The three Grand Tours represent some of the biggest and most popular, not to mention most gruelling, races on the cycling calendar – the Giro d’Italia, Tour de France and Vuelta a Espaana.
We take a closer look at the 2016 editions of each one in today’s #YearInReview.
The Grand Tour season kicked off in May with the Giro d’Italia and it proved to be the most fiercely contested of the year.
Dutchman Tom Domoulin thrilled his home crowd in the Netherland to take the first maglia rosa on offer in the opening time trial whilst Marcel Kittel returned to the rider we all know to take stages two and three before the race moved back to Italy.
After a conservative first week, the major general classification contenders showed their cards across three consecutive mountain stages in the middle week of racing.
Steven Kruijswijk of Team LottoNL-Jumbo had a stranglehold on the maglia rosa, sitting pretty with a two-minute 12second lead heading into the final week of racing, with Esteban Chaves (ORICA-BikeExchange) and Vincenzo Nibali (Astana Pro Team) behind.
The first day of racing in the final week saw Kruijswijk extend his lead to three minutes before the drama began.
Kruijswijk was as strong as any climbing up the ascents, but came undone on his less-preferred side of the mountain, the descent, on stage 19. The race leader misjudged a corner and ploughed dramatically into a wall of snow and it was the end of his reign in the race.
Chaves took the pink jersey on stage 19 before another spectacular day of racing saw Nibali attack and show his ‘form of old’ to take the jersey away from the young Colombian for his fourth Grand Tour victory.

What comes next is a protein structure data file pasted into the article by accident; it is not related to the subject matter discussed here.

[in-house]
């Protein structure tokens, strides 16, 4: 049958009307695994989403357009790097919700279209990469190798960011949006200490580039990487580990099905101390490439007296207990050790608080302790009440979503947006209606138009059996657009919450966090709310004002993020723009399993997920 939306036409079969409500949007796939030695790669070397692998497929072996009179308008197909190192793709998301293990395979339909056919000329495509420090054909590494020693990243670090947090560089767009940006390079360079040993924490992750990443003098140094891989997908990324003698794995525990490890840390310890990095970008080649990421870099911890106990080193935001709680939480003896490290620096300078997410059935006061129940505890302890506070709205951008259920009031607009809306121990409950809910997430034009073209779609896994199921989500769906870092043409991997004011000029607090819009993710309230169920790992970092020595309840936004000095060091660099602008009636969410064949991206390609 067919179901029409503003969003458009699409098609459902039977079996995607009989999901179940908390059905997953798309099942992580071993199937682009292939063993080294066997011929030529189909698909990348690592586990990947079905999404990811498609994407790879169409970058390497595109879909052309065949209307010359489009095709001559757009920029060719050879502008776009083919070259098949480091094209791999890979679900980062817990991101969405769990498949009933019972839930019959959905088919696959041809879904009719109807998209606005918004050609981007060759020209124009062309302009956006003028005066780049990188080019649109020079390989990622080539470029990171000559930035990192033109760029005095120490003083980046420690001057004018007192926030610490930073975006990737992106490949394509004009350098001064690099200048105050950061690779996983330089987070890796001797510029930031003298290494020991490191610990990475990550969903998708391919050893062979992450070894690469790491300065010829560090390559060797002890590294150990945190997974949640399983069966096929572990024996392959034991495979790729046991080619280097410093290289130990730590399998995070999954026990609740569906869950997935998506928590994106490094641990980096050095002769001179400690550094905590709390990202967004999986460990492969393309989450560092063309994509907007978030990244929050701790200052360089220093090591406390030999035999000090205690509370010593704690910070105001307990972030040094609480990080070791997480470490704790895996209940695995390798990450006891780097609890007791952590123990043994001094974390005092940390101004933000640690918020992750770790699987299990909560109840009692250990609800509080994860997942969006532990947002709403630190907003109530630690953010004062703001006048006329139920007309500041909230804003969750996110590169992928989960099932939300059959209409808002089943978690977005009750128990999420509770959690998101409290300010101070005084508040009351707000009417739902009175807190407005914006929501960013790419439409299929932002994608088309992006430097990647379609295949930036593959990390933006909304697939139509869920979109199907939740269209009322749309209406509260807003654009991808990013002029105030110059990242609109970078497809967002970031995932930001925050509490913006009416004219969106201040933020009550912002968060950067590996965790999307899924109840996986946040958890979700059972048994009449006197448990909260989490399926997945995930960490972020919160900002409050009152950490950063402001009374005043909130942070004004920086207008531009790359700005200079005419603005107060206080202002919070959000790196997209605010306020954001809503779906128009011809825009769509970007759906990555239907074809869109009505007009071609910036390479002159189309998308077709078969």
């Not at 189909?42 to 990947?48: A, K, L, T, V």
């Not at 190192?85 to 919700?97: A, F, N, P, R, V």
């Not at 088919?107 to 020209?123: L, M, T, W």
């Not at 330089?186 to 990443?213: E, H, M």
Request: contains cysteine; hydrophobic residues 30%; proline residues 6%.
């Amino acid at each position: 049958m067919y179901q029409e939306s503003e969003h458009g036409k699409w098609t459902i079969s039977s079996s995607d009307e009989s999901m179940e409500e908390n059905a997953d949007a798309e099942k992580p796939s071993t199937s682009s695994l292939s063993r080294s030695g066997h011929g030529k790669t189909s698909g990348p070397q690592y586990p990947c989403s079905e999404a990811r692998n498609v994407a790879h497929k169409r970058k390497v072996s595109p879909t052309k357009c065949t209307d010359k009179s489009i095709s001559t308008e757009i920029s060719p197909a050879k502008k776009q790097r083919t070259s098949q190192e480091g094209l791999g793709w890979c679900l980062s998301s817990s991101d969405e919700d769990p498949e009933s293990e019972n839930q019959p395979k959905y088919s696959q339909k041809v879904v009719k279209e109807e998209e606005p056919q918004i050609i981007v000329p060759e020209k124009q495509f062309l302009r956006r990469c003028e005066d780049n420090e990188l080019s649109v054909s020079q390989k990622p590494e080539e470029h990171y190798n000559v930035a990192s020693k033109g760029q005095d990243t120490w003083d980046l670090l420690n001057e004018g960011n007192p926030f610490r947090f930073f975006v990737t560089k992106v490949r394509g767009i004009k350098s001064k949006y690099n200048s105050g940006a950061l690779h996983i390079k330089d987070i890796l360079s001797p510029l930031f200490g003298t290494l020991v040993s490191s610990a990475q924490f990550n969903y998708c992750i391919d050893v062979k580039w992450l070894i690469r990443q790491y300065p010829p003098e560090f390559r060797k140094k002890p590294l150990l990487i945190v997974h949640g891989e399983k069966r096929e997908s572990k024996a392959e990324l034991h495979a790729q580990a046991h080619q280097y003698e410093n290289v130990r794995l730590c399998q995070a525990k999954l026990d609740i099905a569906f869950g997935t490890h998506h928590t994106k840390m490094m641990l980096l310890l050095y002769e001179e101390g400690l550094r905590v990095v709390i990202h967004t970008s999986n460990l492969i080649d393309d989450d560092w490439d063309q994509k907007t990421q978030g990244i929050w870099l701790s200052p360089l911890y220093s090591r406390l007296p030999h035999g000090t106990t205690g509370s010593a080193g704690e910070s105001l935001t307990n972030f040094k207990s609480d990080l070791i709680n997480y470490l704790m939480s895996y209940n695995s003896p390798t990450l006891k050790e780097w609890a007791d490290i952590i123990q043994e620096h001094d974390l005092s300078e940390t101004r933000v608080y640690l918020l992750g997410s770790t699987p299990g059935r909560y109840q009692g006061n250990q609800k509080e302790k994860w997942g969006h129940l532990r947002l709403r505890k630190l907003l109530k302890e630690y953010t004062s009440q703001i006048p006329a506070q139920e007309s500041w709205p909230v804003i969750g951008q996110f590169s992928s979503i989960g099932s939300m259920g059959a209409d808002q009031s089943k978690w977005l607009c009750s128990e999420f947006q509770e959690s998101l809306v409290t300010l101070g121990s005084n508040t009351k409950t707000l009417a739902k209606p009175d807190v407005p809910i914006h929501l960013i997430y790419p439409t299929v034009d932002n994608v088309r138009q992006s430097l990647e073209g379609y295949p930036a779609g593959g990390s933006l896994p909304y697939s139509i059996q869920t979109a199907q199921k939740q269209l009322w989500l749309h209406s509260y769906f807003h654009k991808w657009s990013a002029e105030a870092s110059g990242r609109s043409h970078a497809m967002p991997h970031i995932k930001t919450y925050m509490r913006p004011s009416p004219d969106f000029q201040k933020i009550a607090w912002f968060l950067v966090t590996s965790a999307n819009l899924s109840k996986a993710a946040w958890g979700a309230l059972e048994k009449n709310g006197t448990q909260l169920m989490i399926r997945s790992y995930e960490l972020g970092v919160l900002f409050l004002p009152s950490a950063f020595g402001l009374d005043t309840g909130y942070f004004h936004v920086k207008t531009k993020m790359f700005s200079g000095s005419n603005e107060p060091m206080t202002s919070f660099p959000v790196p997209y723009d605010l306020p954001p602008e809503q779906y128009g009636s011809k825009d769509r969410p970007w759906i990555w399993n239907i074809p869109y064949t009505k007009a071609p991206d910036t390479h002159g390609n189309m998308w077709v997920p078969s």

Tour de France
The Tour de France, the biggest annual sporting event in the world, also didn’t disappoint, with plenty of drama to keep us all guessing despite a dominant four-minute victory by Chris Froome (Team Sky).
The re-emergence of Mark Cavendish (Team Dimension Data) as the world’s fastest sprinter was a surprise for many in the first week with the Briton claiming three of the first six stages.
But throughout the three weeks it was the performance of world champion Peter Sagan that caught the eye, the Slovakian riding himself into the breakaway day after day on his way to claiming the green sprint jersey.
Drama first hit when Briton Adam Yates (ORICA-BikeExchange) attacked the general classification riders on stage seven only for the air to come out of the one-kilometre to go banner, causing it to drop heavily into the young rider.
But it didn’t end there. On stage 12, a motorbike was blocked by fans as Froome and other general classification contenders went crashing into it from behind. Froome’s bike broke and, in some of the most dramatic vision we have seen, the reigning champion began to run up Mont Ventoux by foot.
In the end, Froome’s time was adjusted and the Sky rider was never really challenged for the yellow jersey. Romain Bardet (AG2R) gave the locals something to cheer about finishing second overall with Nairo Quintana (Team Movistar) rounding out the podium. Yates finished fourth overall and became the first Briton to win the white jersey, whilst Australian Richie Porte (BMC Racing) finished in fifth overall.
Vuelta a Espana
The Grand Tour season wrapped up in Spain with the Vuelta a Espana, featuring a brutal three-week route and some of the year’s most exciting racing.
The difficultly of the route saw an absence of the world’s fastest sprinters, but 2015 Cadel Evans Great Ocean Road Race champion Gianni Meersman (Etixx-Quickstep) and young Dane Magnus Cort (ORICA-BikeExchange) stepped up to show their speed and promise for the future, taking two stages each.
On the general classification front, Nairo Quintana and his Movistar team looked like the strongest team and they delivered with a one-minute 23second overall victory.
The most decisive day on stage 15 was also the shortest. It followed a brutal mountain day but with just 118km to race, Albert Contador (Tinkoff) initiated a crucial breakaway from the flag – one that Quintana made. The most noticeable riders missing were Chris Froome (Team Sky) and Esteban Chaves (ORICA-BikeExchange) who were left to limit the damages on the final climb of the day.
With Quintana and Froome looking concrete in the top two positions, the final place on the podium came down to the penultimate day when Chaves launched a brave attack with 40km to go to link up with teammate Australian Damien Howson to knock star Spaniard Contador off his home Grand Tour podium.